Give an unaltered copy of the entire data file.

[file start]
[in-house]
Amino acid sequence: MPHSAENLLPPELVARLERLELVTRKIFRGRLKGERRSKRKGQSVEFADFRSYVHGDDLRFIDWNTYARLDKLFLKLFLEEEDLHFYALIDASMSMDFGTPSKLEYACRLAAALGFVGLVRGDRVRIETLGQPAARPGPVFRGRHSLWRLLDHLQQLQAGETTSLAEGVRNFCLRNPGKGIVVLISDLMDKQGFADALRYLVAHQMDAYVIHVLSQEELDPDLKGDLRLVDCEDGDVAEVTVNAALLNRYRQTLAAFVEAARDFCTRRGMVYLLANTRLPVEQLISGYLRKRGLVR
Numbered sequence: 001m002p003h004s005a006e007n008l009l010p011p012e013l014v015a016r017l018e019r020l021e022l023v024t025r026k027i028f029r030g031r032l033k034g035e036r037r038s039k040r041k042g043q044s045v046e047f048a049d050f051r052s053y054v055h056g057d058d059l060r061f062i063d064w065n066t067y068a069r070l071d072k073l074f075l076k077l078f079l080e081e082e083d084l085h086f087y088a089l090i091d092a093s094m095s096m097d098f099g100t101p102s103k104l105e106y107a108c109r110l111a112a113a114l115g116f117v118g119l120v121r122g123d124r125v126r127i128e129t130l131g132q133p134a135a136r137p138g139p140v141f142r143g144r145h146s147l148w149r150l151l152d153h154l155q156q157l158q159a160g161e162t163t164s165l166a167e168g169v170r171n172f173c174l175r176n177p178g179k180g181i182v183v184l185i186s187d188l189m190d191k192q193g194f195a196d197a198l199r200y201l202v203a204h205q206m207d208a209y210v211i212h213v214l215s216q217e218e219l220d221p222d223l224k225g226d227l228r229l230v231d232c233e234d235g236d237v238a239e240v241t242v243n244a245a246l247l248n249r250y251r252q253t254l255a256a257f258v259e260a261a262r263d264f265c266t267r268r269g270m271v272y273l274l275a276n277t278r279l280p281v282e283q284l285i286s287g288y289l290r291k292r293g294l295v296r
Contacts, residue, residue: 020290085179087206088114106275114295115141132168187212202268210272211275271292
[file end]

[in-house]
Amino acid sequence: MPHSAENLLPPELVARLERLELVTRKIFRGRLKGERRSKRKGQSVEFADFRSYVHGDDLRFIDWNTYARLDKLFLKLFLEEEDLHFYALIDASMSMDFGTPSKLEYACRLAAALGFVGLVRGDRVRIETLGQPAARPGPVFRGRHSLWRLLDHLQQLQAGETTSLAEGVRNFCLRNPGKGIVVLISDLMDKQGFADALRYLVAHQMDAYVIHVLSQEELDPDLKGDLRLVDCEDGDVAEVTVNAALLNRYRQTLAAFVEAARDFCTRRGMVYLLANTRLPVEQLISGYLRKRGLVR
Numbered sequence: 001m002p003h004s005a006e007n008l009l010p011p012e013l014v015a016r017l018e019r020l021e022l023v024t025r026k027i028f029r030g031r032l033k034g035e036r037r038s039k040r041k042g043q044s045v046e047f048a049d050f051r052s053y054v055h056g057d058d059l060r061f062i063d064w065n066t067y068a069r070l071d072k073l074f075l076k077l078f079l080e081e082e083d084l085h086f087y088a089l090i091d092a093s094m095s096m097d098f099g100t101p102s103k104l105e106y107a108c109r110l111a112a113a114l115g116f117v118g119l120v121r122g123d124r125v126r127i128e129t130l131g132q133p134a135a136r137p138g139p140v141f142r143g144r145h146s147l148w149r150l151l152d153h154l155q156q157l158q159a160g161e162t163t164s165l166a167e168g169v170r171n172f173c174l175r176n177p178g179k180g181i182v183v184l185i186s187d188l189m190d191k192q193g194f195a196d197a198l199r200y201l202v203a204h205q206m207d208a209y210v211i212h213v214l215s216q217e218e219l220d221p222d223l224k225g226d227l228r229l230v231d232c233e234d235g236d237v238a239e240v241t242v243n244a245a246l247l248n249r250y251r252q253t254l255a256a257f258v259e260a261a262r263d264f265c266t267r268r269g270m271v272y273l274l275a276n277t278r279l280p281v282e283q284l285i286s287g288y289l290r291k292r293g294l295v296r
Contacts, residue, residue: 020290085179087206088114106275114295115141132168187212202268210272211275271292